Scoping Survey to Guide Hatcheries and Management of Aquatic Resources (HaMAR) Symposium

Greetings, fish culturists, fisheries managers, and other fisheries professionals.

For decades, the American Fisheries Society (AFS) has worked with leading aquatic resource scientists and natural resource managers to describe effective roles of cultured fishes in aquatic resource management. Approximately every 10 years, a cross-section of North American resource managers and representatives from AFS Sections and Divisions come together to address and reconcile contentious management issues regarding the uses of hatchery-origin fish. Most recently, this group met under the banner of "Propagated Fishes in Resource Management" (PFIRM), and produced a proceedings publication as well as a brief, guidance document,
Considerations for the Use of Propagated Fishes in Resource Management. These guidelines were a comprehensive and tied science-based information with political realities of management, and provided the aquatic resources
community and decision-makers with a set of consensus-guiding principles for the use of hatchery-origin fish.

Science-based fisheries management findings continue provide new information to strengthen the decision-making of natural resource agencies, and new challenges continue to emerge. The timing is right to assess the impacts of hatchery reform, the increasing importance of imperiled species restoration, as well as a number of other emerging issues in hatchery operation and the uses of hatchery-origin aquatic animals. It is time to set the clock in motion for the next cycle of this process, titled "Hatcheries and Management of Aquatic Resources" (HaMAR), and refine our guiding principles in the light of contemporary knowledge.

As in previous cycles, symposia are being developed to serve as a fact-finding sessions, targeting all current issues of concern related to the use of hatchery-origin aquatic animals. These symposia will be held in conjunction with the AQUA 2013 conference (February, Nashville, TN) and the 2013 AFS Annual Meeting (September, Little Rock, AR). However, we recognize that in the current economic climate, it is unlikely that all stakeholders and partners will be able to attend and participate in these symposia. We don't want travel restrictions to result in important issues slipping through the cracks, and so we need your help.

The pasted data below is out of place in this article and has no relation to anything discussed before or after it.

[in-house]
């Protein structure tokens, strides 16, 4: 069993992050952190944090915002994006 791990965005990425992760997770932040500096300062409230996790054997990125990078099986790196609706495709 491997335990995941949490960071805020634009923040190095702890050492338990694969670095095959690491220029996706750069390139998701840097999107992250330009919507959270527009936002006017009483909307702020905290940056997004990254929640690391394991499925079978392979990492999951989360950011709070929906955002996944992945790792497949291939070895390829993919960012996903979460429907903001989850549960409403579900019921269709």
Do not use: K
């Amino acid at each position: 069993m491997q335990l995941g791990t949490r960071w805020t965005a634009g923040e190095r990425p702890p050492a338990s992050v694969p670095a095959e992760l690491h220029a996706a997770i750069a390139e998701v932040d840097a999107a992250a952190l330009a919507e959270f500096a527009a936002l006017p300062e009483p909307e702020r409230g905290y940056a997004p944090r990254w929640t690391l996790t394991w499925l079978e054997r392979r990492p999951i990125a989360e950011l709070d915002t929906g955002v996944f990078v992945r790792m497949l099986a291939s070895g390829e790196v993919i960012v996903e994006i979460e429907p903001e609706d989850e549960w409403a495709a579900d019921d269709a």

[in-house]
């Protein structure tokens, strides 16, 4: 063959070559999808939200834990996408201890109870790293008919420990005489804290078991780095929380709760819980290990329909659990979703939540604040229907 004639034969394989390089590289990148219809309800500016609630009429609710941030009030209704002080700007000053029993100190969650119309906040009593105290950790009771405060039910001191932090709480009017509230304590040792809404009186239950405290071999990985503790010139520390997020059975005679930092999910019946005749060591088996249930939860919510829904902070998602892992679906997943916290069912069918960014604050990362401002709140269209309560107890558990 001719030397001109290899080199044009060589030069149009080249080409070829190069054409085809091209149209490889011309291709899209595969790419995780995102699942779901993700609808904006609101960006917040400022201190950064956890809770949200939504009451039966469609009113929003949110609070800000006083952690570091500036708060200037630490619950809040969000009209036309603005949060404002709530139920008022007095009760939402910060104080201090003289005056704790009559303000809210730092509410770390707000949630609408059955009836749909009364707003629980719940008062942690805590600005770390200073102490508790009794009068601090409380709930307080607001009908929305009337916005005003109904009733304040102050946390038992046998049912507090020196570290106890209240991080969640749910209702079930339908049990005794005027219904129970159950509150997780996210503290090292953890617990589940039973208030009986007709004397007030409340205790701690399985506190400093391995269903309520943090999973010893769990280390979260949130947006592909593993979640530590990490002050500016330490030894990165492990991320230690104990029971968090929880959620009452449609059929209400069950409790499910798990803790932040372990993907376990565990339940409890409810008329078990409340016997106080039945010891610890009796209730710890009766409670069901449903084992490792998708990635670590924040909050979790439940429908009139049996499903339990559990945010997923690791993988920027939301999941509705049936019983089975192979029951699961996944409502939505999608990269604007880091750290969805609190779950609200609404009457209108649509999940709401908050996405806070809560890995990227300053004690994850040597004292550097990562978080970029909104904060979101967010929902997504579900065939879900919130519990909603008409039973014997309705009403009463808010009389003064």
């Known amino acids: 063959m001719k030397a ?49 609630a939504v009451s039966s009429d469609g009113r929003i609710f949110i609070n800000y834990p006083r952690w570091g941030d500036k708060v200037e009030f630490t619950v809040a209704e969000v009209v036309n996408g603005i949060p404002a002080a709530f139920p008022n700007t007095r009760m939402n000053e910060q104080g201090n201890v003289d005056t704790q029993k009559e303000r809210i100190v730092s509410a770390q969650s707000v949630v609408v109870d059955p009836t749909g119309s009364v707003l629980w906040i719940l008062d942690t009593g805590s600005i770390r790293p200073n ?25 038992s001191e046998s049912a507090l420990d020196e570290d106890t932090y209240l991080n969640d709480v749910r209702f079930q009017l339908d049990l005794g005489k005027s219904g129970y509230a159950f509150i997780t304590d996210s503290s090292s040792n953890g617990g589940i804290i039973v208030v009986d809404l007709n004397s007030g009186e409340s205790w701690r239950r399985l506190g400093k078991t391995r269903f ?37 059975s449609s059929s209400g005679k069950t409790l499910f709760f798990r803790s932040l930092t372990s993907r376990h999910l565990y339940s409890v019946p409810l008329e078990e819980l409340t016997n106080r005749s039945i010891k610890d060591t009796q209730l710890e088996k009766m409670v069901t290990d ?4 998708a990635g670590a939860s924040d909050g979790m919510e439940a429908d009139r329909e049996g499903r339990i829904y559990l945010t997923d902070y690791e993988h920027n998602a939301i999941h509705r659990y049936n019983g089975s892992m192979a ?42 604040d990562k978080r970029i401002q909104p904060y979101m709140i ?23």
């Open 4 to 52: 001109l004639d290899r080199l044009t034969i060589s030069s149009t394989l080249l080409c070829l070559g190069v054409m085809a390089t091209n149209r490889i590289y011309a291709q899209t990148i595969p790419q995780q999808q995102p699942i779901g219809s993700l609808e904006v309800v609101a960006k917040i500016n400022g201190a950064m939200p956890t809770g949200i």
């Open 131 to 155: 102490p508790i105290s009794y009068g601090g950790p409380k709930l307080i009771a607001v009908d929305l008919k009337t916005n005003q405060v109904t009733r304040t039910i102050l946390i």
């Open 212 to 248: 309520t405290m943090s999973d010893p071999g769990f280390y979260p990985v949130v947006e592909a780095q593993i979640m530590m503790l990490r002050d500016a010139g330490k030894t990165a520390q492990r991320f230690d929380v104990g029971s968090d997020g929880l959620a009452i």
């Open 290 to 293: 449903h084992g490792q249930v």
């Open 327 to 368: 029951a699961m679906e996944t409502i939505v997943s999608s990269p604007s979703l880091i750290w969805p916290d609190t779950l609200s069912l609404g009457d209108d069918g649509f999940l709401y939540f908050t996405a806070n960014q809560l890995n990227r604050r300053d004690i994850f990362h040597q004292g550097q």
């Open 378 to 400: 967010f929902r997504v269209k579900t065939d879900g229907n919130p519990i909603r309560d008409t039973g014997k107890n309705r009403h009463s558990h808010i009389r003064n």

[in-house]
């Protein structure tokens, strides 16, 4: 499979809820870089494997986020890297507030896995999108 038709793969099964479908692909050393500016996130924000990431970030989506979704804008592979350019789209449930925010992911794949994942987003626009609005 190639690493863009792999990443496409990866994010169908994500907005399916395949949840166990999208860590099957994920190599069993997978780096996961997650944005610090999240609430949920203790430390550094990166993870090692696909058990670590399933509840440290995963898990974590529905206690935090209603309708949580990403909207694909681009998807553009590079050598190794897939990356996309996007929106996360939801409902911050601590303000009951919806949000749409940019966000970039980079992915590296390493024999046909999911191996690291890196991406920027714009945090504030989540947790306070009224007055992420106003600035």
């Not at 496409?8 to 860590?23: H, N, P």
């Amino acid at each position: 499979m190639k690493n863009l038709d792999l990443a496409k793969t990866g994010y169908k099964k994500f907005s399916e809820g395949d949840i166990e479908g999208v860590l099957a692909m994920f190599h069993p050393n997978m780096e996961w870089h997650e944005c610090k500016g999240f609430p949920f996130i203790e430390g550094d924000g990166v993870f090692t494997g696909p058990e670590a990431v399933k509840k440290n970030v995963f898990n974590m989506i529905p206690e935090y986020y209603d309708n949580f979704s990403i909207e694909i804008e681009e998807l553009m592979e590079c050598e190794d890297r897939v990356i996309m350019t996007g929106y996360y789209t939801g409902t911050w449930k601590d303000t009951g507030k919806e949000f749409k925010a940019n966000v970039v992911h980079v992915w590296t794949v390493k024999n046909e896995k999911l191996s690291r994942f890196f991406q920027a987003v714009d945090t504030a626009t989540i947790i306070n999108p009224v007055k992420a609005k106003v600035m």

So, what are we asking for?

Below is a link to a scoping survey along with a request to distribute the survey to the 'fisheries constituency' you represent, i.e., fisheries managers and biologists in your state or region, hatchery managers and culturists, etc. Please complete the survey and encourage your colleagues to do the same (just forward this message-we want as much stakeholder and partner involvement as possible). We will use your responses in developing the 2013 HaMAR symposia, ensuring all high priority topics are addressed. We also hope that you will consider participating in these symposia.

Access the scoping survey here:

If you have questions about HaMAR, please contact the Steering Committee Co-chairs, Jesse Trushenski ( and Don MacKinlay (